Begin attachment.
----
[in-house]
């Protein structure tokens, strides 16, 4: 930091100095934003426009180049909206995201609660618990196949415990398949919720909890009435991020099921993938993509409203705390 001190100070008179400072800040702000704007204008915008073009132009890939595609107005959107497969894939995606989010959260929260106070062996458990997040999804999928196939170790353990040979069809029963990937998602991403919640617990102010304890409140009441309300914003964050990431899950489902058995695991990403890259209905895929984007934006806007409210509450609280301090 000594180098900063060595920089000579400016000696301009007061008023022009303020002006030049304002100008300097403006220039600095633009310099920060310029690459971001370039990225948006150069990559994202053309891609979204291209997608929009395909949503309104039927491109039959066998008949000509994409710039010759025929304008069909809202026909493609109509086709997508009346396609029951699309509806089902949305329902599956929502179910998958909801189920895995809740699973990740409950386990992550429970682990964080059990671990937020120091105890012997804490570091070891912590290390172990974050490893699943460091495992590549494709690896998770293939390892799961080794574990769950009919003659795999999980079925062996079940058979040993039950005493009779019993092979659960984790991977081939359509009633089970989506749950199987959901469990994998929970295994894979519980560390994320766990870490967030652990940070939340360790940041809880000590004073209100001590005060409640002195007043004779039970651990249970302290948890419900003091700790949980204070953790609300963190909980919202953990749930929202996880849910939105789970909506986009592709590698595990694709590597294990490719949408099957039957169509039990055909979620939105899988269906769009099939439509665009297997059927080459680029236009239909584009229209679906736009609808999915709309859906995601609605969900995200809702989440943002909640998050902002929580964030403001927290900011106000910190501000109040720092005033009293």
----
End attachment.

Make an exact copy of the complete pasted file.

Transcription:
[in-house]
């Protein structure tokens, strides 16, 4: 930091100095934003426009180049909206995201609660618990196949415990398949919720909890009435991020099921993938993509409203705390 001190100070008179400072800040702000704007204008915008073009132009890939595609107005959107497969894939995606989010959260929260106070062996458990997040999804999928196939170790353990040979069809029963990937998602991403919640617990102010304890409140009441309300914003964050990431899950489902058995695991990403890259209905895929984007934006806007409210509450609280301090 000594180098900063060595920089000579400016000696301009007061008023022009303020002006030049304002100008300097403006220039600095633009310099920060310029690459971001370039990225948006150069990559994202053309891609979204291209997608929009395909949503309104039927491109039959066998008949000509994409710039010759025929304008069909809202026909493609109509086709997508009346396609029951699309509806089902949305329902599956929502179910998958909801189920895995809740699973990740409950386990992550429970682990964080059990671990937020120091105890012997804490570091070891912590290390172990974050490893699943460091495992590549494709690896998770293939390892799961080794574990769950009919003659795999999980079925062996079940058979040993039950005493009779019993092979659960984790991977081939359509009633089970989506749950199987959901469990994998929970295994894979519980560390994320766990870490967030652990940070939340360790940041809880000590004073209100001590005060409640002195007043004779039970651990249970302290948890419900003091700790949980204070953790609300963190909980919202953990749930929202996880849910939105789970909506986009592709590698595990694709590597294990490719949408099957039957169509039990055909979620939105899988269906769009099939439509665009297997059927080459680029236009239909584009229209679906736009609808999915709309859906995601609605969900995200809702989440943002909640998050902002929580964030403001927290900011106000910190501000109040720092005033009293």